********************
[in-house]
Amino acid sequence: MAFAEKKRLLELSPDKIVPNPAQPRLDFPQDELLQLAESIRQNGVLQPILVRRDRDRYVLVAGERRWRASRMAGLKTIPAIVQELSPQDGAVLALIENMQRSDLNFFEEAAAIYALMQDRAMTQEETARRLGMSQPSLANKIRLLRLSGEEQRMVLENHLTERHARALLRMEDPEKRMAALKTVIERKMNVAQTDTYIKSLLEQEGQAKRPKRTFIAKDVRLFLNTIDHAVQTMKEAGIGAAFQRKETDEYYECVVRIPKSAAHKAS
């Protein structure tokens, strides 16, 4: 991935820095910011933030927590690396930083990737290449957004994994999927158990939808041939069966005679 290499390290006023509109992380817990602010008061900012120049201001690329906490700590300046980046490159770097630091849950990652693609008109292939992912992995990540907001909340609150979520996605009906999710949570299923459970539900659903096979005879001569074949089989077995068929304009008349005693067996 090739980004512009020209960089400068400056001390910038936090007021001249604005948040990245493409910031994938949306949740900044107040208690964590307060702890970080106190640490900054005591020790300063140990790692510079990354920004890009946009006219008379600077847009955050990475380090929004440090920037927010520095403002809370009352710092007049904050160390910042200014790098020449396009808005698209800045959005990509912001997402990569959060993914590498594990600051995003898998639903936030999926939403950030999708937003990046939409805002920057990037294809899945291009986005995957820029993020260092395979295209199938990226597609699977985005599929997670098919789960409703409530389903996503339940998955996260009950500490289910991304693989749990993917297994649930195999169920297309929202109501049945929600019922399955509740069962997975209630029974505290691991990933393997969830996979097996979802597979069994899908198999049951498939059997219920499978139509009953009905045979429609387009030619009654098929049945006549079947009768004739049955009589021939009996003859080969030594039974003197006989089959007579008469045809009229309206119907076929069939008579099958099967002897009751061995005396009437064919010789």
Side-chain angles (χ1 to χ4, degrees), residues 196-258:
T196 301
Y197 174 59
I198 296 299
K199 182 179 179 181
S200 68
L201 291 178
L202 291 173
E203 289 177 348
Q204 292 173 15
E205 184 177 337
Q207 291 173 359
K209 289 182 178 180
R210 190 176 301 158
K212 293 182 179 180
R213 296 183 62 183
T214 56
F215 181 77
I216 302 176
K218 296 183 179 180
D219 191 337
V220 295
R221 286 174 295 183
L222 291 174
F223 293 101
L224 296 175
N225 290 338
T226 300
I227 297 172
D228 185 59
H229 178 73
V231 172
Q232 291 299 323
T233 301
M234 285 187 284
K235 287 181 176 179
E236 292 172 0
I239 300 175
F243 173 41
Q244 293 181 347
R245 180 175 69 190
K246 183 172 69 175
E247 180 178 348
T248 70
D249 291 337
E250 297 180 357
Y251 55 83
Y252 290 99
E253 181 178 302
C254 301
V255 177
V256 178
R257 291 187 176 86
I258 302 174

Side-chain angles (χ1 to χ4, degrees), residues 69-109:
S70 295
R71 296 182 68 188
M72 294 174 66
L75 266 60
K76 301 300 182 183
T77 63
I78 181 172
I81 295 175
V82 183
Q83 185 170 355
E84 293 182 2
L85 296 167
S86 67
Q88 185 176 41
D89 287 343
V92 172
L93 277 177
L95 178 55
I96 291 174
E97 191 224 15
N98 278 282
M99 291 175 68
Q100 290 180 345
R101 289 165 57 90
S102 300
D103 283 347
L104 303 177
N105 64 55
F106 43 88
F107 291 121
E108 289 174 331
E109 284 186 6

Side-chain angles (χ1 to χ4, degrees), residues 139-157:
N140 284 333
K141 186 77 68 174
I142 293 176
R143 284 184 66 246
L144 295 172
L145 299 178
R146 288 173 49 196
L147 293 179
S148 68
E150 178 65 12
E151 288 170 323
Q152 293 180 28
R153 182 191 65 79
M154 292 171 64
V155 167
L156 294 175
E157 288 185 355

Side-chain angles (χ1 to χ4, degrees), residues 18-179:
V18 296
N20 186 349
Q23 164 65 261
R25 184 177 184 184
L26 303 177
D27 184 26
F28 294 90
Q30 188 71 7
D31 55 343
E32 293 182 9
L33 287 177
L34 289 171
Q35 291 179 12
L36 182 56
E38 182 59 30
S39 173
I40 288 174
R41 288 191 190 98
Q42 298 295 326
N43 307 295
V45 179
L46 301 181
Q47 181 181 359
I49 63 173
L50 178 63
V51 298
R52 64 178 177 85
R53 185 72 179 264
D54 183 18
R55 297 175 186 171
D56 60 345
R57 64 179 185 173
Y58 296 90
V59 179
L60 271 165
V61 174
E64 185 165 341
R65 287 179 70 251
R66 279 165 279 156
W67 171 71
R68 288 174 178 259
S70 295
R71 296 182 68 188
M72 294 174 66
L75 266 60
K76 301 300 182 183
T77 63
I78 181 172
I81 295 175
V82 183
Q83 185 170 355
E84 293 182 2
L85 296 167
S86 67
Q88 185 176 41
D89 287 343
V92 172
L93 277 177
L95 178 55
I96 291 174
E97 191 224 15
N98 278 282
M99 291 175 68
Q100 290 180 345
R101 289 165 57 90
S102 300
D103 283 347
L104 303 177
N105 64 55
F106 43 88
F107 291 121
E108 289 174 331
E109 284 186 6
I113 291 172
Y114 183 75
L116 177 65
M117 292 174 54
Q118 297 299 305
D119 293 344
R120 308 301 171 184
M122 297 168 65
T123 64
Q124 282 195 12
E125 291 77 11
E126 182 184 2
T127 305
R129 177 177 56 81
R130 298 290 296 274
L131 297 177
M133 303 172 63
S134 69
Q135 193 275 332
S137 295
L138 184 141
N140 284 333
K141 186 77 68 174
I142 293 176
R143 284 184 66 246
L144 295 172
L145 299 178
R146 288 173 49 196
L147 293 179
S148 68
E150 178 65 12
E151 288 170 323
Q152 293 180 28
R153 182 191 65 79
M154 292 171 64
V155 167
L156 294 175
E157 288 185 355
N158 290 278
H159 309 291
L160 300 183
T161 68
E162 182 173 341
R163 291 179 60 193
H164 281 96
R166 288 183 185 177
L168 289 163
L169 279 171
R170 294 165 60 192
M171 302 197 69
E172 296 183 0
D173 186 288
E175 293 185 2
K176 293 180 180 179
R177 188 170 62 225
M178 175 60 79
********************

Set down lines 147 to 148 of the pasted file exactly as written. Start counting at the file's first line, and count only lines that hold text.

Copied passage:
R65 287 179 70 251
R66 279 165 279 156